Skip to main content

Maripol, Clare Stephenson and Zoe Williams – Spring / Summer 2015

Dundee Contemporary Arts until June 21st.
Four stars

After a succession of impressively immersive shows that have felt at times like being in assorted night-club chill-out rooms, the DCA comes blinking into the (neon) light for this triple-headed glamour chase spear-headed by the French Polaroid auteur, designer, stylist to art's original stars and sometime chanteuse, Maripol. In a collection that looks part boutique, part 1980s in-crowd affair which has only just been in full swing before everyone rushed off to the latest joint, Maripol's verite images are the stuff of a thousand private views, and her work really shouldn't be witnessed unless set to a sound-track of uber-cool loft-friendly avant-disco.

As it is, Maripol's own musical contribution to the show, a song recorded with Leonard Lasry called 'Love Each Other', can only be heard on headphones pitched next to a glass case containing 'EACH x OTHER' (2015), a calendar box etched with a series of epigrams that mark the seasons of desire. While commercial enough to be able to grace Eurovision if required, the song is nothing compared to the case it nestles next to containing assorted vinyl discs by Madonna, the street-smart icon who Maripol styled with assorted crucifixes, chains and an abundance of multi-coloured wrist bands of the ilk that would go on to keep Accessorize in business ever after.

By this time we've already sashayed past a clothes rail of Maripol's other creations, including shirts patterned with collaged reproductions of her Polaroid portraits, a leather jacket hung from the ceiling and a pair of equally Polaroided up high heels, caged, as with other accoutrements, in cake shop style domed display cases.

Sartorially speaking, then, Maripol was to New York's loft-dwelling Downtown No Wave scene what Vivienne Westwood was to London's punky, spunky King's Road, providing the Look to a mould-breaking DIY culture even as she led it somewhere more attention-seekingly aspirational. This is clear from the array of coffee table books showcasing her back pages laid out as self-mythologising reference points. And yes, that retro-future op-art image of Blondie on the cover of Debbie Harry and co's third album was set up by her.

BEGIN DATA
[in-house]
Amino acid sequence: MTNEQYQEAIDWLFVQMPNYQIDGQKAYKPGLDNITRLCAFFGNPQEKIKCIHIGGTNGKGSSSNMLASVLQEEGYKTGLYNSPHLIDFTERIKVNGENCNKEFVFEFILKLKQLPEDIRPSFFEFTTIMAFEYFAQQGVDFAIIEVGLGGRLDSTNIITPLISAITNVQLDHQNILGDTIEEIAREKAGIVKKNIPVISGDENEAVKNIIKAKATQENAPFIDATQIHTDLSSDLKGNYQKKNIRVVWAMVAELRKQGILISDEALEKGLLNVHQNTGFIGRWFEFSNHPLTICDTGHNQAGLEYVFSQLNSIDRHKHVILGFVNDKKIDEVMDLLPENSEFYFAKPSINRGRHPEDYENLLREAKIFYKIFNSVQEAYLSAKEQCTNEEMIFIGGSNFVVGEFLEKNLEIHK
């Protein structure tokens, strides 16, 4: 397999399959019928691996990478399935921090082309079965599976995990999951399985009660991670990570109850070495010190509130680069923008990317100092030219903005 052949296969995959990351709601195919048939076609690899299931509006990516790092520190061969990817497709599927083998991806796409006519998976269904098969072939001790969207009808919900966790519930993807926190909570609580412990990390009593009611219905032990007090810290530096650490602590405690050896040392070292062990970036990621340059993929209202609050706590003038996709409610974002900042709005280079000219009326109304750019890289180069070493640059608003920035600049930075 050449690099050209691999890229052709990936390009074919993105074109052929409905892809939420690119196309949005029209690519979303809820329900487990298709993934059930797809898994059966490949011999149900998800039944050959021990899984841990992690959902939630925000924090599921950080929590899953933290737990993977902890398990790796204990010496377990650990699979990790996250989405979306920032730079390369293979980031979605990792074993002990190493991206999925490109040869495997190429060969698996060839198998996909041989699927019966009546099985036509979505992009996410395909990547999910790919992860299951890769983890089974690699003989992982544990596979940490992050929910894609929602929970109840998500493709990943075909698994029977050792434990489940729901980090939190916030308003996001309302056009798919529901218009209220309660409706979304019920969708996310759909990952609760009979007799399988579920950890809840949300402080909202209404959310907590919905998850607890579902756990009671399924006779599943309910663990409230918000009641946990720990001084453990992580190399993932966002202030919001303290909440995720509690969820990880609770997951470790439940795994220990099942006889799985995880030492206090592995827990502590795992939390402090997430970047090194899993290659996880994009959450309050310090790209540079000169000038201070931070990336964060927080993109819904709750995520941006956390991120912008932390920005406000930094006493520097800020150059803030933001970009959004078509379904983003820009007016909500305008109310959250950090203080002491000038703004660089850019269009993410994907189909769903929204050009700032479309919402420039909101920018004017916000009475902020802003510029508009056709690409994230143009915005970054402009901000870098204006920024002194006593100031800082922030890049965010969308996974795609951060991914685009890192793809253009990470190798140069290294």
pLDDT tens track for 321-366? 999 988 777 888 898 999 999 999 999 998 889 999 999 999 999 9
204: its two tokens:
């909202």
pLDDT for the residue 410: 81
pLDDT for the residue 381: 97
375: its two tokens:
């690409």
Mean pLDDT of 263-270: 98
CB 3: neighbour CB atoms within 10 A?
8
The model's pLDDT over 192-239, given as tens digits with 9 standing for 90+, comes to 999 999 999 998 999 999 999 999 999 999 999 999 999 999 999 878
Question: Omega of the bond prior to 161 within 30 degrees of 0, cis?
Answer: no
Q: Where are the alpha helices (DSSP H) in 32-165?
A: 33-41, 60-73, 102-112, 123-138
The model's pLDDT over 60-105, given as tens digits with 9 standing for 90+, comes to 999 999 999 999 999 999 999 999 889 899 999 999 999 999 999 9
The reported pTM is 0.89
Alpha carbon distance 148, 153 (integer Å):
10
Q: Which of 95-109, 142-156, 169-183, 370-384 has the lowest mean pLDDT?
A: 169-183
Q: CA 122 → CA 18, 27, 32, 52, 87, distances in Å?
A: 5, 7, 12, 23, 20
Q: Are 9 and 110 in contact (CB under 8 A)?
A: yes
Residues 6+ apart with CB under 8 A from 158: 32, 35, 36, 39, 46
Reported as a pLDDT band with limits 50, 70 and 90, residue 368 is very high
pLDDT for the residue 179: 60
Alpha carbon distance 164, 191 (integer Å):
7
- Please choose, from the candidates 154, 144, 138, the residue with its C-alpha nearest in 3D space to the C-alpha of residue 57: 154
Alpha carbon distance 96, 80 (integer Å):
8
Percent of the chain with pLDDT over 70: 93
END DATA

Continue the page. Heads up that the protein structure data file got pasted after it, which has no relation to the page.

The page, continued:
It is the pictures on the wall, however, that speak volumes about how that culture panned out. While half the fun is spotting the famous faces – oh, look, there's Debbie, Madge and Grace, who together are actually three very different graces of female pop cool; and there's Keith, Jean Michel and Andy, inevitable, ubiquitous Andy. And of course, in among the superstars there are self-portraits too, and in a way Maripol's entire back catalogue is one big jumbled-up remodelling of herself and others

Yet for all the celebrity teeth and smiles on display, it's the less familiar visages in the simple slide-show in the gallery's back corner room that prove even more intriguingly enticing. Here in the shadows and out of the spotlight are all those all-dressed-up one-night-stands, striking a blink-and-you'll-miss-it pose during fleetingly blurry moments in crowded rooms where they're immortalised in after-hours snapshots that ooze fresh stains of colour as disposable as Xerox.

In what now looks like an archaic pre-selfie 1980s age, this was the sign of the times, a zeitgeisty trash aesthetic that ran parallel with and defined early editions of ID magazine, originally a non-glossy zine which suggested you too could join the fashion parade. Such a deceptively throwaway approach is confirmed before you even step into Maripol's world, where outside the gallery the sparkly letters headlining the show change hue as you walk past en route to the next big thing.